By Dr. Brian Jacobsen, CFA, CFP
Optimism is surging. Consumer confidence recently hit levels not seen since 2001. Investor sentiment is also up, according to the fourth-quarter Wells Fargo/Gallup Investor and Retirement Optimism Index, which reached a nine-year high at +96, up from +79. The index also showed that 37% of respondents expect U.S. election results to have a major impact on their net worth.
Many market strategists say that when individuals are getting bullish, it's time to get bearish. I disagree. Optimism is not a reason to get pessimistic. There's often a difference between how people say they feel and how they act. For example, rising consumer confidence does not regularly result in future retail sales growth.
Confidence does a better job of reflecting what consumers have already done, rather than predicting what they will do. For investors, optimism can mean many things, but it doesn't automatically translate into market gains. For that, perhaps the best gauge is whether stock prices move upward - but again, this reflects what people have done.
So what might investors do in 2017, given their uptick in optimism? A good place to start is their outlook for how the market will move. While many investors say they're feeling optimistic, they're also expecting an increase in market volatility. Nearly three-quarters of investors (74%) surveyed in the Wells Fargo/Gallup Investor and Retirement Optimism Index say the stock market will be volatile in 2017. But how volatile should investors expect stocks to be? Let's explore three well-known measures of market volatility to gain some historical context.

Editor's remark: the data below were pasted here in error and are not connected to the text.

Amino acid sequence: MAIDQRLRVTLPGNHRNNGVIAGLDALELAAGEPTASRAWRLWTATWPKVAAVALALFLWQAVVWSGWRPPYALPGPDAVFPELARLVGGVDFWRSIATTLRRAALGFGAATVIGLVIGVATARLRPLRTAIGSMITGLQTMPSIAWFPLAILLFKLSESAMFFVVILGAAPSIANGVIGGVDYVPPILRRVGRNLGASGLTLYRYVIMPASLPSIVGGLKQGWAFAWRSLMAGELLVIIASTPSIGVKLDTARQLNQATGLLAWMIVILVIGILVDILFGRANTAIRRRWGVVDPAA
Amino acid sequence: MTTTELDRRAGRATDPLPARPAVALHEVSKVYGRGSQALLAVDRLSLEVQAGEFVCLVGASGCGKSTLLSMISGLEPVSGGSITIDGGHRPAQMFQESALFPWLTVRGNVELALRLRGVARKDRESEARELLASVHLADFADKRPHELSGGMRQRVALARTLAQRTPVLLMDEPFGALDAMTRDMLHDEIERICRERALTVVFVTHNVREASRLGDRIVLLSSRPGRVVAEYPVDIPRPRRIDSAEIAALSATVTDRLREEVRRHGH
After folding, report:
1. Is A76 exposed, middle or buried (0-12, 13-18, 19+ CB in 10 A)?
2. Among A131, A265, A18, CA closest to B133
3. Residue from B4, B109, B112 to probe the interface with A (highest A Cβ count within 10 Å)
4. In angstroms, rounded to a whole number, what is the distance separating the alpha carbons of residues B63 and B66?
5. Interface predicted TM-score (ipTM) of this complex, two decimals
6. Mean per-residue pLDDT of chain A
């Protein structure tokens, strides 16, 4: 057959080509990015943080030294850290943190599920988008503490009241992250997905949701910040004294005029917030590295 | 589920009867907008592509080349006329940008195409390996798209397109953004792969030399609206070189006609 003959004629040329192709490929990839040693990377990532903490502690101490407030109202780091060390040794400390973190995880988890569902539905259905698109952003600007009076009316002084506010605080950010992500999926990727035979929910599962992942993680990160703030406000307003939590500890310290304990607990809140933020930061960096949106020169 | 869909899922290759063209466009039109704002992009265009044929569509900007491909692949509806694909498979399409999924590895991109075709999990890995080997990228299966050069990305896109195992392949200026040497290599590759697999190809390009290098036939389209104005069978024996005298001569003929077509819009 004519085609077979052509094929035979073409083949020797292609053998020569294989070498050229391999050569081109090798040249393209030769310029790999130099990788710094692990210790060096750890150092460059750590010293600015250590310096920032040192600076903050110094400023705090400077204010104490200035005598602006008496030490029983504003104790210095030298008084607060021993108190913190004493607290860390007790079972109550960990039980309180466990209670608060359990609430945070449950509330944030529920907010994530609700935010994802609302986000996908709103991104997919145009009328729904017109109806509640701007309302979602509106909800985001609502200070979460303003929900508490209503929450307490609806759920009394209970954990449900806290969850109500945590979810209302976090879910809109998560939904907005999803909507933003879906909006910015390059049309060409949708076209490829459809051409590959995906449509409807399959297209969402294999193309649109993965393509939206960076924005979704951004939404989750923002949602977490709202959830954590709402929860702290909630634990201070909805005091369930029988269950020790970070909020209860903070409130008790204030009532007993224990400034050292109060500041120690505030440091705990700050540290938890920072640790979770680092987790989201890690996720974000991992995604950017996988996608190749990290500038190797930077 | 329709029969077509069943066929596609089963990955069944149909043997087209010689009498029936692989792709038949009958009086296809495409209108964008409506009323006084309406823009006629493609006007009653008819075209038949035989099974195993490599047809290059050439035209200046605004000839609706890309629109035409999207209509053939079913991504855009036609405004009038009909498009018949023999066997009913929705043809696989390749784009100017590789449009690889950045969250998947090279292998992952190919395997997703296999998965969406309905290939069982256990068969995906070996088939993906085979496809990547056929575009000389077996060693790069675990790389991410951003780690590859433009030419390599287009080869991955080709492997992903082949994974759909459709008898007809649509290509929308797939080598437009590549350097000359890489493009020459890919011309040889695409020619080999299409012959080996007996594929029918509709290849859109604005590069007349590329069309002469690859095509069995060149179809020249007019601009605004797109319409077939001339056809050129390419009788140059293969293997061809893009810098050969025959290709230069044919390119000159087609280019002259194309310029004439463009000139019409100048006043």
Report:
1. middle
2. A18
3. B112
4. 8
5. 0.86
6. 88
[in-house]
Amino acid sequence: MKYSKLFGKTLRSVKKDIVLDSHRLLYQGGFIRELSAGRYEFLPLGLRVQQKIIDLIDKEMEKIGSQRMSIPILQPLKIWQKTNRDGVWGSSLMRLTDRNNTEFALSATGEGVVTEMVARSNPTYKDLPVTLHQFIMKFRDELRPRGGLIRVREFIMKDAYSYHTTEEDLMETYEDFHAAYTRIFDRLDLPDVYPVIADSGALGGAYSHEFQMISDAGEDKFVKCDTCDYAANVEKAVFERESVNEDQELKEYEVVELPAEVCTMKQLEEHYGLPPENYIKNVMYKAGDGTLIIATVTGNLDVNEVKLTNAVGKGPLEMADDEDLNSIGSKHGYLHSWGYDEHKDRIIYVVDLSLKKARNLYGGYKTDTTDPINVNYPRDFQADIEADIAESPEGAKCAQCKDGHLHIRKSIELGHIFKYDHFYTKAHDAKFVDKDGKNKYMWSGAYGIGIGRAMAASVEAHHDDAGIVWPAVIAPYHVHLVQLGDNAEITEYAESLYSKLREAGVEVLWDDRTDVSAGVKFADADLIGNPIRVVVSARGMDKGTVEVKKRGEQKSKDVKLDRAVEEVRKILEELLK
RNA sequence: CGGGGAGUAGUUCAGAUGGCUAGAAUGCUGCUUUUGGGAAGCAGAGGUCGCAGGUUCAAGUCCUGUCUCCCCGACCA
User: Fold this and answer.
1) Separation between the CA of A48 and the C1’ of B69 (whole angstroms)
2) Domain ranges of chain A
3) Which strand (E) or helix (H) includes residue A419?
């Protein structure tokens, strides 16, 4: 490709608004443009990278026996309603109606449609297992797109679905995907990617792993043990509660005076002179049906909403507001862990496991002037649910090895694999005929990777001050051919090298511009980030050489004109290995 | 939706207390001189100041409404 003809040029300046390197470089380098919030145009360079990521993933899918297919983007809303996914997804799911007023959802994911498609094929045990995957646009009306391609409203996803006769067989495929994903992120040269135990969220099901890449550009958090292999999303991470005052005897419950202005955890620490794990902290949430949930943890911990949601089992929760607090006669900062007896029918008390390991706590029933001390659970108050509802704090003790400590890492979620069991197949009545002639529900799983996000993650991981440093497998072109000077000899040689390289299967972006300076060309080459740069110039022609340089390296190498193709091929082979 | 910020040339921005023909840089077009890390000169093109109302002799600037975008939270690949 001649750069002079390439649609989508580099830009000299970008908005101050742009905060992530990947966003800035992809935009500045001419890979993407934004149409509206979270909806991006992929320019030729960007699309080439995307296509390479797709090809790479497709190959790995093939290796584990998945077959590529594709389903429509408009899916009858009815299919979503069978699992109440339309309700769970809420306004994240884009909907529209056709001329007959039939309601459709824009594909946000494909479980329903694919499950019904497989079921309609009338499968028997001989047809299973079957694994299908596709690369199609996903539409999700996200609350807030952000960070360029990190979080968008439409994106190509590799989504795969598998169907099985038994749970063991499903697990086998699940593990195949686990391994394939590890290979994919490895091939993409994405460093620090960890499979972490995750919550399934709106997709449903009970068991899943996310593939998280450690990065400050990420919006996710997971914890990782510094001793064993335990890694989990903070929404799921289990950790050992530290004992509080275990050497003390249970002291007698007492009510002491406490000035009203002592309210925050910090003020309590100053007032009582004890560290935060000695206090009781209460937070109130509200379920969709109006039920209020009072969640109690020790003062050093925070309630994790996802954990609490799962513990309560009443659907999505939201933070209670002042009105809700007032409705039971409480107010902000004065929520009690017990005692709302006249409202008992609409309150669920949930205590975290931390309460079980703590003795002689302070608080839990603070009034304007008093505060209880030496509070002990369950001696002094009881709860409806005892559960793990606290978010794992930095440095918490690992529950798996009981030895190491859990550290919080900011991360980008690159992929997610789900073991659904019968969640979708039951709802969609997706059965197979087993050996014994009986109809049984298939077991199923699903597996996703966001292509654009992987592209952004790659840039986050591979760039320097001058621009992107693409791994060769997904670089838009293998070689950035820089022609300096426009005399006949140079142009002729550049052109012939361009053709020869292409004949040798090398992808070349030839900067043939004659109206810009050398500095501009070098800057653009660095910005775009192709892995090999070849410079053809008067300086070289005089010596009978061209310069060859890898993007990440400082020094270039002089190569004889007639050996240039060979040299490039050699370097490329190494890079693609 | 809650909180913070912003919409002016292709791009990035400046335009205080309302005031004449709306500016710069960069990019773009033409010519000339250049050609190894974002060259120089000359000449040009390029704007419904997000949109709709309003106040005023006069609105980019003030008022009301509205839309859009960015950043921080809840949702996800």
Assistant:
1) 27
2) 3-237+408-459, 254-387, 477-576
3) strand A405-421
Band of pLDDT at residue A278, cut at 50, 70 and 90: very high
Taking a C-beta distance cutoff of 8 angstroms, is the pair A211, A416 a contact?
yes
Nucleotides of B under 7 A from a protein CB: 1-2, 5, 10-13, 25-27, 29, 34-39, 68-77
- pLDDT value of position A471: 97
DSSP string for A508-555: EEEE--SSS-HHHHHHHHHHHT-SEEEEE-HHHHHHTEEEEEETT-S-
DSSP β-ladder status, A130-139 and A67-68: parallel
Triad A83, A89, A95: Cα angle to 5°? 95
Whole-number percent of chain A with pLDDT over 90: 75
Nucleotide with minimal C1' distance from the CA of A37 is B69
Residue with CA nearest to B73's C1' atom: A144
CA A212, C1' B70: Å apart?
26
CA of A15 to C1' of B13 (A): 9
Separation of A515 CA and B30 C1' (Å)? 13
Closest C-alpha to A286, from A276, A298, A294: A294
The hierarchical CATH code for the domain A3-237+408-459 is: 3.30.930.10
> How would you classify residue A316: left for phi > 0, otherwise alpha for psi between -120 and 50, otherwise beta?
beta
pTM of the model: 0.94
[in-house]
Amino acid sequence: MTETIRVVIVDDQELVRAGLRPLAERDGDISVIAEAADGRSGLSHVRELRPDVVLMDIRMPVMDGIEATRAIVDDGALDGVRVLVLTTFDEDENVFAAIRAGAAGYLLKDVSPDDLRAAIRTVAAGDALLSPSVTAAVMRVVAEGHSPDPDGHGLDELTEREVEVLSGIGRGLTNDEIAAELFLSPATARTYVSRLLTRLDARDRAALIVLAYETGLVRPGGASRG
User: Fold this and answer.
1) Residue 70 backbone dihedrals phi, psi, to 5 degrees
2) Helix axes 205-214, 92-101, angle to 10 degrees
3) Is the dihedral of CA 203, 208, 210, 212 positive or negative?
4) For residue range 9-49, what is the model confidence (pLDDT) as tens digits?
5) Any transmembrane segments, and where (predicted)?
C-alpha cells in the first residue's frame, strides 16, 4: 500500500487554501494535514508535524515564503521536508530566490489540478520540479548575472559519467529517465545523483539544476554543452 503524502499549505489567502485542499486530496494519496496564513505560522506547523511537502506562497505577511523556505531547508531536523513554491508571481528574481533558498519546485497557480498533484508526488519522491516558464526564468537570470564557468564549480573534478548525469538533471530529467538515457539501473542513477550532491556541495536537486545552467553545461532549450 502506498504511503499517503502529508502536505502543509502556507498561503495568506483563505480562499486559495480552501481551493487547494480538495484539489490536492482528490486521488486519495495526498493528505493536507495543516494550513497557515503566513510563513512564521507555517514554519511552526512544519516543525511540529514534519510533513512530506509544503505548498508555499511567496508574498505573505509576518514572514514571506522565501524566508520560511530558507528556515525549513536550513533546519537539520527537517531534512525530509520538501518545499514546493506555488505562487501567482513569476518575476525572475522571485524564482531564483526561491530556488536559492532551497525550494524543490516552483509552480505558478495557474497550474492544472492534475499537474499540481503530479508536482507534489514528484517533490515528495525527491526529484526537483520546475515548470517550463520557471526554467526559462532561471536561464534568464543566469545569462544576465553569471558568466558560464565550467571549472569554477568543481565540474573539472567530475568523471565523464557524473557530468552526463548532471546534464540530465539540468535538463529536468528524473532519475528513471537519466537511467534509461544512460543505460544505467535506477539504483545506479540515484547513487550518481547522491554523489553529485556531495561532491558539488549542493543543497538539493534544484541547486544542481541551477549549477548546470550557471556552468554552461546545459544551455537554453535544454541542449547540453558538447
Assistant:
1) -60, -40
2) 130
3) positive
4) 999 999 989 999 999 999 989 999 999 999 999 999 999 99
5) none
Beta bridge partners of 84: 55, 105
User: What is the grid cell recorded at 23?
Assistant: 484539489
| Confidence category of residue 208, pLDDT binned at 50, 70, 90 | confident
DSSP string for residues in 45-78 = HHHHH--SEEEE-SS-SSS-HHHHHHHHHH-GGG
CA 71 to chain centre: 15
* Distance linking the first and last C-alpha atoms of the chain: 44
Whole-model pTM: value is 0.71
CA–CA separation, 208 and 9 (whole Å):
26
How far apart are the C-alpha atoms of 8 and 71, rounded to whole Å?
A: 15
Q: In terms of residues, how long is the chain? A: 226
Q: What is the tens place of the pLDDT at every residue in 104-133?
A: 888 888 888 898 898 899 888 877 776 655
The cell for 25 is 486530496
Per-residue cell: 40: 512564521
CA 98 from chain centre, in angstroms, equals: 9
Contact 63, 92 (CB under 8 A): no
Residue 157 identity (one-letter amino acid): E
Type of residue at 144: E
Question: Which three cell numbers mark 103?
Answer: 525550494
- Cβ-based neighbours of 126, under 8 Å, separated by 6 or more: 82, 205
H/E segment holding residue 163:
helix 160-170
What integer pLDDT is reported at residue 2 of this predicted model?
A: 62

Most metrics show that volatility has been pretty average, if not below average, for the past few years. The stock market's intraday range (the high minus the low divided by the previous day's close) of the S&P 500 Index averaged 0.96% for 2016. That's lower than the intraday range for 2015, but it is slightly higher than the ranges for 2013 and 2014. Here's the thing: going back to 1931, the average intraday range was 1.61%. Even a slight pickup in this type of volatility would only get us back to average.
Standard deviation of daily returns
Another measure of volatility is the standard deviation of daily stock returns, which gauges the bumpiness of the market's daily ride. For 2016, the average monthly standard deviation of daily returns was 0.79%. That's lower than the average for 2015 (0.91%), but a pick-up from the volatility of 2013 and 2014. The average going back to 1930, however, is 0.93%. Markets have been relatively smooth compared to what we've seen in the past.
Average drawdown over a month
Standard deviation measures the market's ups and downs, and most investors want to participate in the gains while avoiding the losses. Keeping that in mind, investors can look at another measure of volatility: The average drawdown of the market over a one-month period. This measure only looks forward one month and asks what the largest market drop was throughout that moving window. In 2016, the average monthly drawdown was 1.8%. That's a lot less than the average for 2015, which was a 3.6% drawdown. It's also less than the average going back to 1930, which is 3.4%.